BAGHDAD, Iraq — In the latest proposal to curb the seemingly unstoppable violence in Baghdad, the Iraqi government is planning to build a defensive barrier around the city to keep attackers out, though it isn't clear whether it will be a trench or a berm.

Iraq's Interior Ministry said Friday that the government wants to dig a trench encircling the capital, but at a news conference in Washington, President Bush said the barrier would be a berm.

"They're building a berm around the city to make it harder for people to come in with explosive devices, for example," he said.

U.S. officials in Washington said they could not explain the discrepancy. In Baghdad, military spokesman Sgt. Jeremy Pitcher said he was sure Bush and the Iraqi government are talking about the same plan.

"I know the Iraqi government said trench, and then President Bush said berm," he said. "There will probably be dirt moving somewhere."

Whether a trench or a berm, however, the defensive plan would be a massive, difficult undertaking. Baghdad's circumference runs to roughly 100 miles, most reconstruction projects are languishing unfinished or unstarted because of security concerns, and the government is still struggling to assert its authority in the capital.

Interior Ministry spokesman Gen. Abdul Karim al-Kinani said the plan to dig a trench is part of the government's security plan to pacify Baghdad, which was initially launched in June. It will be deep and wide enough to prevent cars from crossing, forcing all vehicles to go through the 28 access roads leading into the capital, he said.

"This trench is going to have 28 entrances and is going to be under our forces' control in order to limit the terrorists' access to Baghdad," he said.

Berms have been used as a defensive measure in the past by the U.S. military, which threw one up around an entire village north of Baghdad last year and erected another along much of the Syrian border. U.S. officials say that berm has been successful in restricting the infiltration of foreign fighters into Iraq.

Saddam Hussein favored trenches. He ordered ordinary Iraqis to dig them in their backyards to defend against invading U.S. troops in 2003, and his security forces set fire to oil-filled trenches as the Americans approached.

It is unclear, however, whether any kind of barrier would help to significantly bring down the levels of violence in Baghdad. On a day when 51 bound and tortured bodies were found dumped on the city's streets, bringing to around 130 the number found in the past three days, Sunni leaders accused Shiite militias based inside the capital of carrying out the killings.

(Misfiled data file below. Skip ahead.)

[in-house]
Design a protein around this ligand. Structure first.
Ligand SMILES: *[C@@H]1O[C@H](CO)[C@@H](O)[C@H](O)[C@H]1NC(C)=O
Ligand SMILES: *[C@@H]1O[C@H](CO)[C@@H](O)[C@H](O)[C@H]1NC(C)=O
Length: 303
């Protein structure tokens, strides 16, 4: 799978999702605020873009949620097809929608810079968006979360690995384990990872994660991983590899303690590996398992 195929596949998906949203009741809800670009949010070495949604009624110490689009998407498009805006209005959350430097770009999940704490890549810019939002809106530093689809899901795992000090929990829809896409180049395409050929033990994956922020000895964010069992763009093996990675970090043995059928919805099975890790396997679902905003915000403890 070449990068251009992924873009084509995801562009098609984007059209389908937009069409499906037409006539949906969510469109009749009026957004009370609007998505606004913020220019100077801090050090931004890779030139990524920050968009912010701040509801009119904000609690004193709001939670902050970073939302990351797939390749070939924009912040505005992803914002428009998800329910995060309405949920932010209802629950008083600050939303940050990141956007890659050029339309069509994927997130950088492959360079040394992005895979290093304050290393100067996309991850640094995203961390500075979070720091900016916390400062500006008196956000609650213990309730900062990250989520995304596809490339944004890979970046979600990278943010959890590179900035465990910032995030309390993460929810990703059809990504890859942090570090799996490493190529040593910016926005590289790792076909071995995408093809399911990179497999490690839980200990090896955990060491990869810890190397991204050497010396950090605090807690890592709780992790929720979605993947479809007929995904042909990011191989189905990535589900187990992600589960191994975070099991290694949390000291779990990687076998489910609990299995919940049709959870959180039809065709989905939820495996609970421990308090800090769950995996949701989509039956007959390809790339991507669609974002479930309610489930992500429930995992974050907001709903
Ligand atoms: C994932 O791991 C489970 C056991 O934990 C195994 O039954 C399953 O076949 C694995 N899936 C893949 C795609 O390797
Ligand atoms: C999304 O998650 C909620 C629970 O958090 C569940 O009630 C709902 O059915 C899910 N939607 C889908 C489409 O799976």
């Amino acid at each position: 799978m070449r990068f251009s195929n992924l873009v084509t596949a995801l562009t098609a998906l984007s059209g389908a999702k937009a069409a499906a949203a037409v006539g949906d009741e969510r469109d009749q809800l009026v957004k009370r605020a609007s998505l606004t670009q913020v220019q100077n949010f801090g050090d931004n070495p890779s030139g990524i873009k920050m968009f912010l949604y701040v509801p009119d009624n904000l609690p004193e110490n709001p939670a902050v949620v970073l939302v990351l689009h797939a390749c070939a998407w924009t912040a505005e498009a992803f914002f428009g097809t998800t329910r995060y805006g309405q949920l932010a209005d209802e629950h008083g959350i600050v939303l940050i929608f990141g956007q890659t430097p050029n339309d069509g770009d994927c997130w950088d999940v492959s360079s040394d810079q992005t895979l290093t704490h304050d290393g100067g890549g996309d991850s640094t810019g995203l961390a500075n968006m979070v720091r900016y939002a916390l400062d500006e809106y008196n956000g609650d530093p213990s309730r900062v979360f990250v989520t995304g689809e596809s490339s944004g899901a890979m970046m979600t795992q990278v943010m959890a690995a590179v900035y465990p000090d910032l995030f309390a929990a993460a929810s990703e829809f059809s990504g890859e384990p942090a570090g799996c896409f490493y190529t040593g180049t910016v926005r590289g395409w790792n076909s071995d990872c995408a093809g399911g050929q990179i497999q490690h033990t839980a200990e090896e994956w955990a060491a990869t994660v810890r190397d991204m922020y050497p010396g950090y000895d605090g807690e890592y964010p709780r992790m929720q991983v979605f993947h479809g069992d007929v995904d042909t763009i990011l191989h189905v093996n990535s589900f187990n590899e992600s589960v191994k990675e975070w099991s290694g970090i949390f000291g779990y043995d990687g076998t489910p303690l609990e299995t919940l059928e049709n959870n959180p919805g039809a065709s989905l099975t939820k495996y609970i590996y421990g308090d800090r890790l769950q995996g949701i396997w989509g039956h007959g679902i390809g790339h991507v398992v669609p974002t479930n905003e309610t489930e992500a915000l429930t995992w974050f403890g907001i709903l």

As in previous cases, most of the bodies were found bound, tortured and shot in the head. pointing to activity by the mysterious death squads that haunt Baghdad neighborhoods and which Sunni leaders say have ties to the Shiite-dominated Interior Ministry.

Adnan Dulaimi, head of the National Concord Front, the largest Sunni bloc in parliament, called the surge in the body count over the past few days a "catastrophe" and said the government is turning a blind eye to the killings.

"This is being done by the militias who are circling Baghdad's streets while the U.S. and Iraqi forces are doing nothing to stop them," he said. He said he believes that most of the bodies belong to Sunnis abducted over the past two months and that the militias have now decided to kill them and throw them on the streets.

Most of the bombings in Baghdad are carried out by the Sunni-dominated insurgency, and al-Kinani said he is certain the proposed barrier will help reduce attacks because most insurgents are based outside the city.

"Of course, it is going to be 100 percent successful because cars will have no choice other than to go through these 28 entrances, and they will be searched and caught," he said.

The trench — or berm — will be implemented in the third phase of the three-step security plan launched June 15 by the Iraqi government, he said. In the first phase, extra checkpoints were set up around the city, but the rate of killings only increased.

The second phase began in early August and involved the deployment of additional U.S. troops to search and clear troubled Baghdad neighborhoods, mainly in the predominantly Sunni west of the city. The third phase is intended to extend the operation into Shiite areas in the east.

Also Friday, the military reported the deaths of three American servicemen, one in Anbar province, one in Baghdad and another the previous day in Baghdad, bringing to five the number who died Thursday. In addition, a soldier was reported officially missing after Thursday's suicide bombing west of Baghdad that killed two soldiers.